As we finished off our horrible burgers and waited for the headline act, we watched the crowd and listened to the PA system working its way through a number of quite metal tracks (including Grohl's own "Red War" from his Probot side project. Magnificent.) As befits a man with Grohl's CV and back catalogue, it was a very mixed crowd. There were a few people around with lots of piercings and tatoos, of course, but they were comfortably outnumbered by people with short, tidy hair who had come to watch the gig with their girlfriends. There were also quite a lot of kids present, including the coolest and most rock 5 year old I have ever seen in my life, who headbanged and threw the air-horns all the way through the set (coming particularly to life during "Monkey Wrench", as featured in the popular console game "Guitar Hero II"). That's the thing about the Foo Fighters though: for all that Dave Grohl has a heavy metal soul and a deep and abiding love for hard rock music, when it comes down to it, his band are actually extremely melodic. Yes, sure... there are guitar solos and loud drums and little metal interludes and shouty bits, but basically this is all very tuneful stuff. It's rock that girls can like (not to mention the fact that I believe that Grohl himself is something of an object of desire for many people... well, he's a fine looking fella, he's by all accounts a decent chap and he's very, very rich. What's not to like?).
The band burst onto stage at 20:50 and played solidly for two hours. They played a bit of stuff off their new album, but mainly they worked their way through their back catalogue and played us the hits from all of their albums. Sometimes the core four-piece of the band were bolstered by an additional guitarist (Pat Smear), a keyboard player, a cellist and even a supplementary drummer... but really this is all about Dave Grohl and he's very much he centre of attention. As they usually do, the band had a long runway down the front of the stage that enable Grohl to charge down and get closer to his people. About halfway through the set, a smaller stage was unveiled at the end of this runway, and the band decamped there to play an acoustic interlude, ending with "Everlong" played by Grohl alone, unaccompanied by the rest of the band.
They were really very good. The older stuff is noticeably simpler and is - not surprisingly - a lot more 'grunge', but it's all good. It wasn't perfect: I wasn't sure about all of the songs, and I thought bits of the acoustic set dragged (seeing the Foo Fighters playing acoustic material reminds me a bit of watching Radiohead playing electronica... you can't escape the feeling that this isn't what they do best and is something that other people can do much better). But damn it, they do what they do really, really well, and it was a bloody good show. Grohl is a consummate entertainer. He does this almost every night of the week, but somehow he manages to convey the impression that there is nothing in the world that he would rather be doing and nowhere else he would rather be and his enthusiasm is infectious. When the band finally disappeared after a barnstorming version of "All My Life", instead of that slightly tedious few minutes where the crowd cheers for an encore and then starts to get a little bored, we were instead kept entertained by Grohl holding a handheld camera backstage and negotiating with us over how many songs they should come back and play. We had decided upon three, but pretty soon Grohl told us that this looked like one of those nights were they just played and played until they dropped, and after the third song informed us that they were now no longer playing for our benefit, but were playing for themselves and the sheer joy of being in a rock band. You certainly didn't hear the crowd complaining about that (the only boo of the night was when Grohl declined to put on a g-string that had been thrown on the stage and to pose for a photo... but even that was a good natured kind of a boo). Maybe he does this every night, but it was the first time I'd seen the band play, and I lapped it up.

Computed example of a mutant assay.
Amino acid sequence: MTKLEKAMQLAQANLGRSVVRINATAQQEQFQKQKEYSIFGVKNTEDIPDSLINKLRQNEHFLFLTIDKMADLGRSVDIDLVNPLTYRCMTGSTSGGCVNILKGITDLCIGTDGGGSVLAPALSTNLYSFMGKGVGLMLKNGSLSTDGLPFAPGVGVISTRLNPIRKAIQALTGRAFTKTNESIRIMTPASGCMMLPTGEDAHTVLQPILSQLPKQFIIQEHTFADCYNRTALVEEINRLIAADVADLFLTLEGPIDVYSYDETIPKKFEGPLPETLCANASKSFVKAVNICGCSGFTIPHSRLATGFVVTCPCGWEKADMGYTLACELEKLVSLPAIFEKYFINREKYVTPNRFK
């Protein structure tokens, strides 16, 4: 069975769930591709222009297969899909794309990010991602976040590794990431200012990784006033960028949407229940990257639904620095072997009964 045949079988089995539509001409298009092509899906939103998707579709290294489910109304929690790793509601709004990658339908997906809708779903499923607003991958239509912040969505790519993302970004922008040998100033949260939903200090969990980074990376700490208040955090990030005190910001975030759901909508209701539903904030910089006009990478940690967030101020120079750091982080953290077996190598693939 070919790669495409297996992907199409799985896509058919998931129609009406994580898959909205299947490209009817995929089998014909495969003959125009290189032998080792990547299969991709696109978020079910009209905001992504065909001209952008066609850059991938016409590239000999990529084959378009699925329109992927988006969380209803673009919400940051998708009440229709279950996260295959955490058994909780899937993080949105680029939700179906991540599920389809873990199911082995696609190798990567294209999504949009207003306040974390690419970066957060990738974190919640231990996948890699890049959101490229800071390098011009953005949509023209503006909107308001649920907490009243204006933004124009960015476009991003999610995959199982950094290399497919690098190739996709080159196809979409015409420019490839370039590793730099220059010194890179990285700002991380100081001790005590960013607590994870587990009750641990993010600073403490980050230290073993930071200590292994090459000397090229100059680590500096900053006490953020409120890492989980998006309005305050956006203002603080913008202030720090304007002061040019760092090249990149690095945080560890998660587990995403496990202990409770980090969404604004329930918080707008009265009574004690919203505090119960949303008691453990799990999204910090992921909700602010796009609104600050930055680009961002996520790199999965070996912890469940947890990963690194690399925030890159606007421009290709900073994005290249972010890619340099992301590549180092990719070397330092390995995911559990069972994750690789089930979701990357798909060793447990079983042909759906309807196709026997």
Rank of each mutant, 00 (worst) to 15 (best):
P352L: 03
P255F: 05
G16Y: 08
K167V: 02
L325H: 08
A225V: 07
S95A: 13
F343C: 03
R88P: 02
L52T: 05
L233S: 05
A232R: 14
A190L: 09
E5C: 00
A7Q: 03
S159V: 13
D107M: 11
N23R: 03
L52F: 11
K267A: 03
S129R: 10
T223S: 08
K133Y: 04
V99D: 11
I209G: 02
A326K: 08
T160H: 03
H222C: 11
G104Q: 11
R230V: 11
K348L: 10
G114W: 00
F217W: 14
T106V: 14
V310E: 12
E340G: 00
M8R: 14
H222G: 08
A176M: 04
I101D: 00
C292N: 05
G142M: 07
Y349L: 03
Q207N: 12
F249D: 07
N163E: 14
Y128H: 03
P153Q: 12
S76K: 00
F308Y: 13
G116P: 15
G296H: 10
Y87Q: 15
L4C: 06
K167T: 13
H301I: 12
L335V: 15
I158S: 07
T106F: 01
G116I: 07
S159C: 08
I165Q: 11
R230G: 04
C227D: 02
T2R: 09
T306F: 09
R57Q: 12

In the car on the way home, we listened to "More Than a Feeling" by Boston, and the similarities with lots of what we had just heard at the gig were obvious.... Grohl has a hard rocking exterior, sure, but he's got a heart of pure MOR. Cobain famously quoted Neil Young in his suicide note, saying that it was "better to burn out than to fade away". Foo Fighters are showing no signs of either just yet.
Verdict: 8 / 10.